August night, ten pm

The katydids were all over the windows last week, but they’ve vanished now. The moths are fewer too. Even the night chorus has changed its tune, just as the light has taken on a softer shape during the day.

Tonight, I’m trying to decide whether it’s too late to use the hairdryer, the one we used to use to heat the pipes in the basement before we figured out how to keep them from freezing, on the black ink cartridge in my printer to see if I can squeeze a few more very important pages out of it. I’m not sure I have it in me currently. Bed is warm and there are books to be read, and how likely is the hairdryer to succeed in its task? It’s the kind of hairdryer that longs for a more mundane existence, one where it dries hair in the morning and spends the rest of its day tucked away on a bathroom shelf.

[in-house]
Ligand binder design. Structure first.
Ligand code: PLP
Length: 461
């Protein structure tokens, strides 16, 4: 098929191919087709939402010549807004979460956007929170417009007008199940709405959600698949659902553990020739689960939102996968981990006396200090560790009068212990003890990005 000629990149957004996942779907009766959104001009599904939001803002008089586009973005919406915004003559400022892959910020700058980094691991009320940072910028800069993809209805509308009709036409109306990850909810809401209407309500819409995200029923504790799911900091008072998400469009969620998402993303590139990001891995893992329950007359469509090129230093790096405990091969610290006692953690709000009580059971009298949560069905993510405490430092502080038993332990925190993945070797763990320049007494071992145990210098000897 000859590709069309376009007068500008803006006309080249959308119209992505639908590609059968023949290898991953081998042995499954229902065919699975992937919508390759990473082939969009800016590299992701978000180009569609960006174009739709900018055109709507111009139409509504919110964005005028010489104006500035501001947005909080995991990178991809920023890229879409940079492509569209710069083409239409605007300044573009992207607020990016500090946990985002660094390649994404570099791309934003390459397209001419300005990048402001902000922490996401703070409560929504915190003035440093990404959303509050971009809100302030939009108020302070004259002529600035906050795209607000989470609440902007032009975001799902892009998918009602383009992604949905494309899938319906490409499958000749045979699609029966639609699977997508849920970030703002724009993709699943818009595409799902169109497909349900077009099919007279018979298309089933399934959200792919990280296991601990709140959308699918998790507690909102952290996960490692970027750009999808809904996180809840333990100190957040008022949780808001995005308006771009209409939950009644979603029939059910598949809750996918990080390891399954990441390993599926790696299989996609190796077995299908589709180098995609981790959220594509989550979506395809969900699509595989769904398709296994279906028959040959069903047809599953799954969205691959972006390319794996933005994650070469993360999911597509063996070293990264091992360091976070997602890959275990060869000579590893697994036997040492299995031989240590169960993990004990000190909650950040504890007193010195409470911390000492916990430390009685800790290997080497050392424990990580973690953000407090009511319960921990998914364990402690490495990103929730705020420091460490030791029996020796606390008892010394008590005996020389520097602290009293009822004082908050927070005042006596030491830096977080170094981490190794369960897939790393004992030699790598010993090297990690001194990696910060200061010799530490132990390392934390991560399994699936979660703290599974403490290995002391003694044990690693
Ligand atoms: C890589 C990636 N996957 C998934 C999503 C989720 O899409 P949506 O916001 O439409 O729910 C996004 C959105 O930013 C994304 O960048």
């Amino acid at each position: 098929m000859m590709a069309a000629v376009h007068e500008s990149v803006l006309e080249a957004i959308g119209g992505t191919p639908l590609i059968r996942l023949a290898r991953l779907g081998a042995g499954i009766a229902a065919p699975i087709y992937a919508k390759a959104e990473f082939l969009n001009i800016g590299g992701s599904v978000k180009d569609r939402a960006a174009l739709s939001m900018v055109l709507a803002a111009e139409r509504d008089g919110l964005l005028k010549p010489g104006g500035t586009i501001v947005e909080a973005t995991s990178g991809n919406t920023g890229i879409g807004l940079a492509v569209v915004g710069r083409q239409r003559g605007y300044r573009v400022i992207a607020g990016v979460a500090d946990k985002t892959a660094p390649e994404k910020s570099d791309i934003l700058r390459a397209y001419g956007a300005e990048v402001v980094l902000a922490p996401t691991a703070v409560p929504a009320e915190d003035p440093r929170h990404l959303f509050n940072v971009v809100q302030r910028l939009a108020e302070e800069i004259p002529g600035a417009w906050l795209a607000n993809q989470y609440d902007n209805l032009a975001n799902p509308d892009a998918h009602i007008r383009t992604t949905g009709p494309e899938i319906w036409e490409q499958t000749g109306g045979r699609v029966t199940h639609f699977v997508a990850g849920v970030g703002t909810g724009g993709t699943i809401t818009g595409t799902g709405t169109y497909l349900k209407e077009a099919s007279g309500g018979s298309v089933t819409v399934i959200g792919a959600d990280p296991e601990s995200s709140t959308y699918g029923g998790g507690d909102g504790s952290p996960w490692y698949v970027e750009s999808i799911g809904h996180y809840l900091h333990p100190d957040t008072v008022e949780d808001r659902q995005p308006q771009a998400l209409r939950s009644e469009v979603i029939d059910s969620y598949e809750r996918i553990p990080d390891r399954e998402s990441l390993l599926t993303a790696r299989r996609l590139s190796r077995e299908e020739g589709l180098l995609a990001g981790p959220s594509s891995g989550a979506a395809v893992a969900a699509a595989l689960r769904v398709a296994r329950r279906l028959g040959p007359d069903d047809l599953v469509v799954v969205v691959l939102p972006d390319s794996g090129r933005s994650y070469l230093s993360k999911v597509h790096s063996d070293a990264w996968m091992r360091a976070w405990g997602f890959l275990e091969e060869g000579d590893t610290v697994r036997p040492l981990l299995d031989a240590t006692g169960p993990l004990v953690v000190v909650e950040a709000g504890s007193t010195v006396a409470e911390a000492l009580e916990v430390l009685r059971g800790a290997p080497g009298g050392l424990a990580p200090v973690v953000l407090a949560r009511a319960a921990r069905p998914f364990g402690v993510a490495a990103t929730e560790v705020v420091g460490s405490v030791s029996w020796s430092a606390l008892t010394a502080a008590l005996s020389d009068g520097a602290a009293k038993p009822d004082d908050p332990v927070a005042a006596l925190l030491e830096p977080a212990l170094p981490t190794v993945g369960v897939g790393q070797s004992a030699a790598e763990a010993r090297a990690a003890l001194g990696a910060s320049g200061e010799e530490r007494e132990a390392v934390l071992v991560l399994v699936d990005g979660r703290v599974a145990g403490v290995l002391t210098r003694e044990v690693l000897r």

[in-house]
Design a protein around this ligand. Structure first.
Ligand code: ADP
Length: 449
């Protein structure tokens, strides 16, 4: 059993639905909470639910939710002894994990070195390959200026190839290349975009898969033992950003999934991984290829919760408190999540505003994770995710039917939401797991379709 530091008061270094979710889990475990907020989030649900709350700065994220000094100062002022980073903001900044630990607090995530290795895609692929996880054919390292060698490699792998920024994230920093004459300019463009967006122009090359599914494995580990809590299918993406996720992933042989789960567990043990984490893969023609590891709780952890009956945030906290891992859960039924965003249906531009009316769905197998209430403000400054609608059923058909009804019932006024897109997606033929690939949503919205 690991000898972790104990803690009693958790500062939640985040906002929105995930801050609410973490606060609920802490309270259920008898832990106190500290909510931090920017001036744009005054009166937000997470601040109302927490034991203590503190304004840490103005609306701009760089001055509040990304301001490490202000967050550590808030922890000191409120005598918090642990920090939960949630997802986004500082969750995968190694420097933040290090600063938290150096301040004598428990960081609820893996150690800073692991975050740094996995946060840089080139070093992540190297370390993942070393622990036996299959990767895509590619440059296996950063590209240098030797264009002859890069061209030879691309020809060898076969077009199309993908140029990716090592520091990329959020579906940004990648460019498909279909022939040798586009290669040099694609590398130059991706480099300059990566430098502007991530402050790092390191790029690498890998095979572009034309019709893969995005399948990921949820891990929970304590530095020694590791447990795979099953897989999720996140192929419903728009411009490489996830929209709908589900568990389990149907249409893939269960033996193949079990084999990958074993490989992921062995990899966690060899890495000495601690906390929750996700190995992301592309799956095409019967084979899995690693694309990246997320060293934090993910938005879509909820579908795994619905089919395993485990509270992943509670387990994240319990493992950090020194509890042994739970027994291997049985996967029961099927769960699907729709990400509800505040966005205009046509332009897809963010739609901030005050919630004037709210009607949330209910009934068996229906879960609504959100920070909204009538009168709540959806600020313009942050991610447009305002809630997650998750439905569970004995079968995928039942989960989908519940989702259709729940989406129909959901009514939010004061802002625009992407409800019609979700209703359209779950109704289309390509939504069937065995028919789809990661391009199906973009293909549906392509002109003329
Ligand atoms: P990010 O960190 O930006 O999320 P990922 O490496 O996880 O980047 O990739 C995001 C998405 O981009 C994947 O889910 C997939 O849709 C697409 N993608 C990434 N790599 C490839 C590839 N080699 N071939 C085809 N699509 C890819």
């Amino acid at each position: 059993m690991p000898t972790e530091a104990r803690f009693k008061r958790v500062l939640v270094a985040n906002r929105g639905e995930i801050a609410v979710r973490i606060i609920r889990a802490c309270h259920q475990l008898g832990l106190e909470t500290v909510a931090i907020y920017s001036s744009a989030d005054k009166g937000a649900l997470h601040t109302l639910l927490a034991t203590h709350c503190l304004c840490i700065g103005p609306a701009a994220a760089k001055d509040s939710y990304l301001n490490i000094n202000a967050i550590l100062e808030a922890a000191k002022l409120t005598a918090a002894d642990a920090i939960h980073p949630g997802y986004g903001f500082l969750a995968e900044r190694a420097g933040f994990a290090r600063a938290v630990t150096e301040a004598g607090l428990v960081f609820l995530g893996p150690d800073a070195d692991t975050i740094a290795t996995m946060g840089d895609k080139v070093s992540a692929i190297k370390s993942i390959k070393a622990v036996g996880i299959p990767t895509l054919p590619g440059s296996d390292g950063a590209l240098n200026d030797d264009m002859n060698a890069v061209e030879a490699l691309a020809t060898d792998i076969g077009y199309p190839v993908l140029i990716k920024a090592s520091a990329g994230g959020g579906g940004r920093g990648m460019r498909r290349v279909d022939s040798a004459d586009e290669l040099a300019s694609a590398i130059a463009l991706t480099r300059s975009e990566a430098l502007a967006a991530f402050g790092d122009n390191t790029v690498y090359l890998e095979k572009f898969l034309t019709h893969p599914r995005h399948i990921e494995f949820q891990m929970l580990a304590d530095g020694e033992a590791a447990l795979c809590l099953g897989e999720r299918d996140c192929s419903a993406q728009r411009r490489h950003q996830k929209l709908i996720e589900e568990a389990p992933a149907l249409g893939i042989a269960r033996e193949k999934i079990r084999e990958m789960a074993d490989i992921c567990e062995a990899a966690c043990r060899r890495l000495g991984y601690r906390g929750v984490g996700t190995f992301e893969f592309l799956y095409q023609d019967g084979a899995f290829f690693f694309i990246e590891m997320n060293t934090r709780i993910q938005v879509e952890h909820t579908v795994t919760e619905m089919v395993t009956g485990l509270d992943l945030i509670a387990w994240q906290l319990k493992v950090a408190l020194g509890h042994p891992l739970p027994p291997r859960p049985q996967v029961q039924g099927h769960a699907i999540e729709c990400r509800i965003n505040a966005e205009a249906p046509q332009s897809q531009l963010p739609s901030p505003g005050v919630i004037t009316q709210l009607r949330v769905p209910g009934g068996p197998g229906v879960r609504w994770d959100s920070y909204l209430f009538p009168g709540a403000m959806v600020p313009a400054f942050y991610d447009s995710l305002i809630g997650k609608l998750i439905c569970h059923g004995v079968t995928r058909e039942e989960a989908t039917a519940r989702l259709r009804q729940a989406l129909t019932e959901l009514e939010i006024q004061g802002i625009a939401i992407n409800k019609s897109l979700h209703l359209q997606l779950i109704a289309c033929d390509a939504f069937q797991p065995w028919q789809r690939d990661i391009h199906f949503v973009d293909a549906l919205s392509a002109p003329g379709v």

More important than the hairdryer is the fact that the porcupines are arguing out beneath the wild cherry tree. They chatter and whine like…well, like something else entirely. The dog is too deaf to hear them, which is for the best. Everyone else is asleep, so I’m their sole audience tonight, unless they’ve woken the hens on the roost.

I think the answer is that tonight is not a night for mechanical things. No hairdryers, no printers, and, in a moment, no computers. Tonight is meant for lights out and ears wide, enjoying the sounds from the open windows before it comes time to seal the house up once again.

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4 responses to “August night, ten pm

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